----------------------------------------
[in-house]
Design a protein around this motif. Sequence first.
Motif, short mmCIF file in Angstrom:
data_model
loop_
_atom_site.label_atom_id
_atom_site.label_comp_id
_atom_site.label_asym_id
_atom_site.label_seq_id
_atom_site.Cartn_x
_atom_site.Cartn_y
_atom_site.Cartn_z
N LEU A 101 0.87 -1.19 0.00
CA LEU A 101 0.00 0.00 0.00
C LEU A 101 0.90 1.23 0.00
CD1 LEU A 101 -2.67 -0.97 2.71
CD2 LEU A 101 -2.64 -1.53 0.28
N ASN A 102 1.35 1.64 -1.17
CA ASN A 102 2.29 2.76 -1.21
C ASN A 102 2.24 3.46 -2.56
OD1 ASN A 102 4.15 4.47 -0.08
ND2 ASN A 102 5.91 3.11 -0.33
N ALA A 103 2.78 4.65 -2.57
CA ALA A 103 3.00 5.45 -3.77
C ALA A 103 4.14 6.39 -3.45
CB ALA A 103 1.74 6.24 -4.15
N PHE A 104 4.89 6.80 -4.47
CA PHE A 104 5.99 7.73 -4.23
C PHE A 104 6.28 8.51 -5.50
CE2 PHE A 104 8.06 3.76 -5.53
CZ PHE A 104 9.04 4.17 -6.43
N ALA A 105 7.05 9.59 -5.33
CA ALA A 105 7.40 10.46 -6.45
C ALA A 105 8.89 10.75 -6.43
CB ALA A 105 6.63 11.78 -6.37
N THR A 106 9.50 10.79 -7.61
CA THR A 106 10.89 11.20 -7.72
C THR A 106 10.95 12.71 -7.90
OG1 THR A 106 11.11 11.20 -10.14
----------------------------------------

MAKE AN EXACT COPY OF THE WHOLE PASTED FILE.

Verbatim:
[in-house]
Design a protein around this motif. Sequence first.
Motif, short mmCIF file in Angstrom:
data_model
loop_
_atom_site.label_atom_id
_atom_site.label_comp_id
_atom_site.label_asym_id
_atom_site.label_seq_id
_atom_site.Cartn_x
_atom_site.Cartn_y
_atom_site.Cartn_z
N LEU A 101 0.87 -1.19 0.00
CA LEU A 101 0.00 0.00 0.00
C LEU A 101 0.90 1.23 0.00
CD1 LEU A 101 -2.67 -0.97 2.71
CD2 LEU A 101 -2.64 -1.53 0.28
N ASN A 102 1.35 1.64 -1.17
CA ASN A 102 2.29 2.76 -1.21
C ASN A 102 2.24 3.46 -2.56
OD1 ASN A 102 4.15 4.47 -0.08
ND2 ASN A 102 5.91 3.11 -0.33
N ALA A 103 2.78 4.65 -2.57
CA ALA A 103 3.00 5.45 -3.77
C ALA A 103 4.14 6.39 -3.45
CB ALA A 103 1.74 6.24 -4.15
N PHE A 104 4.89 6.80 -4.47
CA PHE A 104 5.99 7.73 -4.23
C PHE A 104 6.28 8.51 -5.50
CE2 PHE A 104 8.06 3.76 -5.53
CZ PHE A 104 9.04 4.17 -6.43
N ALA A 105 7.05 9.59 -5.33
CA ALA A 105 7.40 10.46 -6.45
C ALA A 105 8.89 10.75 -6.43
CB ALA A 105 6.63 11.78 -6.37
N THR A 106 9.50 10.79 -7.61
CA THR A 106 10.89 11.20 -7.72
C THR A 106 10.95 12.71 -7.90
OG1 THR A 106 11.11 11.20 -10.14